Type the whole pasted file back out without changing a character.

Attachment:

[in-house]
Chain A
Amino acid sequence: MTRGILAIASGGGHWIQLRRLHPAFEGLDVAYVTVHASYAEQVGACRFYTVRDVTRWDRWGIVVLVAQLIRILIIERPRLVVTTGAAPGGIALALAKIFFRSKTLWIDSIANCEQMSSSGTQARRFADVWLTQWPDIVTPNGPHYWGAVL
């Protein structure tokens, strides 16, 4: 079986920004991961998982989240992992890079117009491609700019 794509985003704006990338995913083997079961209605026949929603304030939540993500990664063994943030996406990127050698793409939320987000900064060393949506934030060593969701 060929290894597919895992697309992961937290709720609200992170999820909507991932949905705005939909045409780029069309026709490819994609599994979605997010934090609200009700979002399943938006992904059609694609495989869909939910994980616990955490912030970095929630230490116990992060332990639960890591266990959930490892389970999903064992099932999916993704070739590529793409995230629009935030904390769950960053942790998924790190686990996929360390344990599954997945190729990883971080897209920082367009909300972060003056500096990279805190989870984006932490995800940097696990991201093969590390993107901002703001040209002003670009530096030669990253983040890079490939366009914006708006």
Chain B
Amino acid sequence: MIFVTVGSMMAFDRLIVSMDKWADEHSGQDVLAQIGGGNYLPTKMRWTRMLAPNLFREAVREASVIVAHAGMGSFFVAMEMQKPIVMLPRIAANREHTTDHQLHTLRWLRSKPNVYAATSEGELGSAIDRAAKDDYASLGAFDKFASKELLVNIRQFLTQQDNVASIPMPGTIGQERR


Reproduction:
[in-house]
Chain A
Amino acid sequence: MTRGILAIASGGGHWIQLRRLHPAFEGLDVAYVTVHASYAEQVGACRFYTVRDVTRWDRWGIVVLVAQLIRILIIERPRLVVTTGAAPGGIALALAKIFFRSKTLWIDSIANCEQMSSSGTQARRFADVWLTQWPDIVTPNGPHYWGAVL
């Protein structure tokens, strides 16, 4: 079986920004991961998982989240992992890079117009491609700019 794509985003704006990338995913083997079961209605026949929603304030939540993500990664063994943030996406990127050698793409939320987000900064060393949506934030060593969701 060929290894597919895992697309992961937290709720609200992170999820909507991932949905705005939909045409780029069309026709490819994609599994979605997010934090609200009700979002399943938006992904059609694609495989869909939910994980616990955490912030970095929630230490116990992060332990639960890591266990959930490892389970999903064992099932999916993704070739590529793409995230629009935030904390769950960053942790998924790190686990996929360390344990599954997945190729990883971080897209920082367009909300972060003056500096990279805190989870984006932490995800940097696990991201093969590390993107901002703001040209002003670009530096030669990253983040890079490939366009914006708006």
Chain B
Amino acid sequence: MIFVTVGSMMAFDRLIVSMDKWADEHSGQDVLAQIGGGNYLPTKMRWTRMLAPNLFREAVREASVIVAHAGMGSFFVAMEMQKPIVMLPRIAANREHTTDHQLHTLRWLRSKPNVYAATSEGELGSAIDRAAKDDYASLGAFDKFASKELLVNIRQFLTQQDNVASIPMPGTIGQERR